One such signal has emerged from annual surveys of living conditions conducted by Statistics Sweden. Beginning in the mid-1990s, there was an increase in the segment of the population reporting a decline in psychological well-being, i.e. a growing tendency to feel anxious, worried and depressed. It is the first time such a negative result has been recorded since the surveys were initiated in 1975; previously, the trend had been in a steadily more positive direction.

In addition, statistics on death and incapacity from cardiovascular disease indicate a growing disparity between white-collar and blue-collar workers. This is a reversal of the trend toward increasing equality in Sweden during most of this century, and may reflect the division of the labour force into "A" and "B" teams referred to above. Blue-collar occupations are characterised by decreasing decision latitude, and a growing threat of unemployment due to technological change. Among the categories most severely affected by these trends are women in caring and other service occupations, especially within the hard-pressed public sector.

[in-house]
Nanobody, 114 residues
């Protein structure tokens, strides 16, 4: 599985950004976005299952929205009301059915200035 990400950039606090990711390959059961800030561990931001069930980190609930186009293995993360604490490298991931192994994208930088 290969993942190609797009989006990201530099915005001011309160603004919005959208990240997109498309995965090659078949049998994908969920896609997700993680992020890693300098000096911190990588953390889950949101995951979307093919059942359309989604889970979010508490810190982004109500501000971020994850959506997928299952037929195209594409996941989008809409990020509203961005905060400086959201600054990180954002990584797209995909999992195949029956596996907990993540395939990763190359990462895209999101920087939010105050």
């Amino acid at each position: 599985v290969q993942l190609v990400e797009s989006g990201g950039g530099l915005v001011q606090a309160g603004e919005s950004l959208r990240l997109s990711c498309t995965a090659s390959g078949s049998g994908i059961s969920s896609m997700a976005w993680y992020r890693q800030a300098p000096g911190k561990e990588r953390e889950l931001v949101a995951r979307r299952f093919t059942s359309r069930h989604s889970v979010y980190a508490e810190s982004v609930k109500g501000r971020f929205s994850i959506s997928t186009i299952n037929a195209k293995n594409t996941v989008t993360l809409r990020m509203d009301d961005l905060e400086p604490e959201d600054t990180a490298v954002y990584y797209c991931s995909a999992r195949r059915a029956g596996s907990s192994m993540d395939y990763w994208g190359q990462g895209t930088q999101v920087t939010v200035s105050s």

In short, the recent experience of Sweden tends to confirm the well-established relationship between work environment and human health. Emerging trends in the labour market and the political response to Sweden's recent economic crisis can, with a high degree of certainty, be expected to increase the level and intensity of job-related stress and resulting medical problems. However, given that such problems tend to develop over a period of several years, there is still time to reverse the negative trend in many cases-- if appropriate measures are soon taken. The knowledge is available.

-- Töres Theorell   
March 1998